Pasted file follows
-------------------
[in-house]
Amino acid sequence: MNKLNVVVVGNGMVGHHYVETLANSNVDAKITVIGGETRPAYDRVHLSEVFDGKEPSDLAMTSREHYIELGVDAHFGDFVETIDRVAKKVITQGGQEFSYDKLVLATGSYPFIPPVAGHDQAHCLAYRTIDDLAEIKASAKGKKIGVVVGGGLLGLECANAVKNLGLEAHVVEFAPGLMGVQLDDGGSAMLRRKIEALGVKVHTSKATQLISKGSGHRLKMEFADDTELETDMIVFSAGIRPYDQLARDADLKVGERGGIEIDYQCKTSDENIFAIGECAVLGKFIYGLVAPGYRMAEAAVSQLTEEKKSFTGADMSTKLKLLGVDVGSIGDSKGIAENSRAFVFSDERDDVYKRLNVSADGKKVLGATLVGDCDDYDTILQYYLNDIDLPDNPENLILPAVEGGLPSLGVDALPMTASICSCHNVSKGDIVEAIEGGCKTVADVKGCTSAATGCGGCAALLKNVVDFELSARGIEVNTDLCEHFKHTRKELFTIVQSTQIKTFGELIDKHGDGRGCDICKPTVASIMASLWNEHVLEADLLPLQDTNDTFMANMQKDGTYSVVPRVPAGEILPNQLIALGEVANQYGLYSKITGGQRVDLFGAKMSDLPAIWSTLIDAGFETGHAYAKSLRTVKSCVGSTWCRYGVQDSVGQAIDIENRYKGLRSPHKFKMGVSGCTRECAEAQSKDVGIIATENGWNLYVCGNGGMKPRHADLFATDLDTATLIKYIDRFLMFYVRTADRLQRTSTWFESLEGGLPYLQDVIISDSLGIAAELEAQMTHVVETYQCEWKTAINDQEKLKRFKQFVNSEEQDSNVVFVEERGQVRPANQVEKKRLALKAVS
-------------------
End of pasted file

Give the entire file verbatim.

[in-house]
Amino acid sequence: MNKLNVVVVGNGMVGHHYVETLANSNVDAKITVIGGETRPAYDRVHLSEVFDGKEPSDLAMTSREHYIELGVDAHFGDFVETIDRVAKKVITQGGQEFSYDKLVLATGSYPFIPPVAGHDQAHCLAYRTIDDLAEIKASAKGKKIGVVVGGGLLGLECANAVKNLGLEAHVVEFAPGLMGVQLDDGGSAMLRRKIEALGVKVHTSKATQLISKGSGHRLKMEFADDTELETDMIVFSAGIRPYDQLARDADLKVGERGGIEIDYQCKTSDENIFAIGECAVLGKFIYGLVAPGYRMAEAAVSQLTEEKKSFTGADMSTKLKLLGVDVGSIGDSKGIAENSRAFVFSDERDDVYKRLNVSADGKKVLGATLVGDCDDYDTILQYYLNDIDLPDNPENLILPAVEGGLPSLGVDALPMTASICSCHNVSKGDIVEAIEGGCKTVADVKGCTSAATGCGGCAALLKNVVDFELSARGIEVNTDLCEHFKHTRKELFTIVQSTQIKTFGELIDKHGDGRGCDICKPTVASIMASLWNEHVLEADLLPLQDTNDTFMANMQKDGTYSVVPRVPAGEILPNQLIALGEVANQYGLYSKITGGQRVDLFGAKMSDLPAIWSTLIDAGFETGHAYAKSLRTVKSCVGSTWCRYGVQDSVGQAIDIENRYKGLRSPHKFKMGVSGCTRECAEAQSKDVGIIATENGWNLYVCGNGGMKPRHADLFATDLDTATLIKYIDRFLMFYVRTADRLQRTSTWFESLEGGLPYLQDVIISDSLGIAAELEAQMTHVVETYQCEWKTAINDQEKLKRFKQFVNSEEQDSNVVFVEERGQVRPANQVEKKRLALKAVS